Zwitterionic ion chromatography of common inorganic anions using stationary phases modified with carboxybetaine-type surfactants
O'Riordain, Colman (2006) Zwitterionic ion chromatography of common inorganic anions using stationary phases modified with carboxybetaine-type surfactants. PhD thesis, Dublin City University.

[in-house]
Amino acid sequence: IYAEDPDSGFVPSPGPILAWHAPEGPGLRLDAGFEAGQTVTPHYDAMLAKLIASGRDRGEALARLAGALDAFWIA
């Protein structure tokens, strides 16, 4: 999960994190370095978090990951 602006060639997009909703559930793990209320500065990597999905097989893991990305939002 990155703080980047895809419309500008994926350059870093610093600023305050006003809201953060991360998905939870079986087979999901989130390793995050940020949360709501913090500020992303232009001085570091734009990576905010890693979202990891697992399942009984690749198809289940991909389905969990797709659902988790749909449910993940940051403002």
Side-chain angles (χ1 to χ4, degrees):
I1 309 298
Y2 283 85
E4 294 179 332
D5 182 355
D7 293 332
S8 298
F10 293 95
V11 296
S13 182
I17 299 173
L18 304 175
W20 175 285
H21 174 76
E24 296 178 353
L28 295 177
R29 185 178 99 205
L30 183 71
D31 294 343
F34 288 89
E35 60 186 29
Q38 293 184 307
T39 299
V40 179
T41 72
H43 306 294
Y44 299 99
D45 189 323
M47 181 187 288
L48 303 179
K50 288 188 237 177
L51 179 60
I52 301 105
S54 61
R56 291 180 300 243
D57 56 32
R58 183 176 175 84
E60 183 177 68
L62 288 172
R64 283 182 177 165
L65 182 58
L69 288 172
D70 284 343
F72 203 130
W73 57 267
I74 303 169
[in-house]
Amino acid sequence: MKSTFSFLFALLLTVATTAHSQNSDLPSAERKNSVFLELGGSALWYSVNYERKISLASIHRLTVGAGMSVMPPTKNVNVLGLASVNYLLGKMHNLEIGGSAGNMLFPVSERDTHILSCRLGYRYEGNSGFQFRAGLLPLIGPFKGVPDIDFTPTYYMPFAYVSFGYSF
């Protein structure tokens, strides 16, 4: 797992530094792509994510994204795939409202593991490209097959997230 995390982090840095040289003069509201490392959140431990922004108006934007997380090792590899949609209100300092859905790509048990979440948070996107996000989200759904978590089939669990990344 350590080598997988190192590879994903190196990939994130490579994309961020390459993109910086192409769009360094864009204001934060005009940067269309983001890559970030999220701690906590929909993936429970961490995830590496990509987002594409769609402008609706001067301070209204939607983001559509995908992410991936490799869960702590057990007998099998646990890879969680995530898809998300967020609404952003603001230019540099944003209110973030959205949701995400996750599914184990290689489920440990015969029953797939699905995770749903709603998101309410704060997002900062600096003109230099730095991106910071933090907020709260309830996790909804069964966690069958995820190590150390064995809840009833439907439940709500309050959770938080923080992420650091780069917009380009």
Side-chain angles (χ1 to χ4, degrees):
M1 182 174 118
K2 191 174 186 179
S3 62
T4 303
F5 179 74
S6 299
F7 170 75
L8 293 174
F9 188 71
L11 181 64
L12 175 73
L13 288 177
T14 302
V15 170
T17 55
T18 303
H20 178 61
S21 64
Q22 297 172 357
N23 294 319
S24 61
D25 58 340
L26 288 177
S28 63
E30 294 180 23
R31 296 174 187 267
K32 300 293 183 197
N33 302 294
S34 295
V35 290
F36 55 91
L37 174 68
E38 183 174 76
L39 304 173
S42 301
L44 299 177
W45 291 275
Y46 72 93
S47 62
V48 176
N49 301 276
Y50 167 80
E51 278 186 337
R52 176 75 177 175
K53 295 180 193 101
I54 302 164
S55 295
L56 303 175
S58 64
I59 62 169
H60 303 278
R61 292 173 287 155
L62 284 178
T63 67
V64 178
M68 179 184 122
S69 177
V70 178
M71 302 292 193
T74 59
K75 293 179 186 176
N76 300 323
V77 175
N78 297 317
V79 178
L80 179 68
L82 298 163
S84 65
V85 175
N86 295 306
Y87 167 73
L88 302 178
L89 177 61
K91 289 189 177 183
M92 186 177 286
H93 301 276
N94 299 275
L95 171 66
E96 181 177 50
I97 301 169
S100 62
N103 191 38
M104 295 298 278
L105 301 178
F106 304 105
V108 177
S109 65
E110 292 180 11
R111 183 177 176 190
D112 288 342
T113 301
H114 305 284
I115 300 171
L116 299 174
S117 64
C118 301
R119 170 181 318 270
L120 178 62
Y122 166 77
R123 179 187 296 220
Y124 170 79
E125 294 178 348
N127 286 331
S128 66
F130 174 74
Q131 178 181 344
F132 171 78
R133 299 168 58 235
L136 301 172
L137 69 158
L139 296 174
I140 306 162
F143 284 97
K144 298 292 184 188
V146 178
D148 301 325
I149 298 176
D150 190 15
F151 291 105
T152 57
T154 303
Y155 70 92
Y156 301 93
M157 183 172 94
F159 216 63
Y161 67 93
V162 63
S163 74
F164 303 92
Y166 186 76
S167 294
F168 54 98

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Carboxybetaine-type zwitterionic surfactants were employed to dynamically modify reversed-phase columns (both particle-packed and monolithic in structure), before investigating their use as stationary phases for the determination of common inorganic anions by zwitterionic ion chromatography (ZIC). Both surfactants utilised (namely dodecyldimethylaminoacetic acid and N-dodecyl-N,N- (dimethylammonio)undecanoate (DDMAU)) had a similar structure, with an internal, positively charged ammonium group, and an external, negatively charged carboxylate group, but DDMAU was found to exhibit superior column coating stability, due to its increased hydrophobic character. Both surfactants were found to have a pH dependent effective ion-exchange capacity, with increased eluent pH values resulting in reduced analyte anion retention times, due to increased protonation of the weak acid terminal group of the surfactant molecules. The suitability of these carboxybetaine-modified stationary phases to the determination of nutrient anions in high-ionic strength environmental sample matrices (e.g. seawater samples) has been demonstrated. The ability to apply dual gradient programs (i.e. with a combined eluent pH and flow gradient) provided the opportunity to expedite the elution, and improve the efficiency, of later eluting analyte peaks (i.e. polarisable anions such as iodide and thiocyanate), without sacrificing the resolution and efficiency of earlier eluting anions (e.g. iodate, nitrite etc.). The applicability of DDMAU-modified stationary phases to capillary IC using direct contactless conductivity detection was established, with modified capillary monoliths facilitating the separation of a mixture of 8 anions using flow rates of 1 jiL/min and less. Effective column lengths of the DDMAU-modified capillary monolith, and, therefore, analyte retention, could be adjusted through relocation of the contactless conductivity detector utilised.
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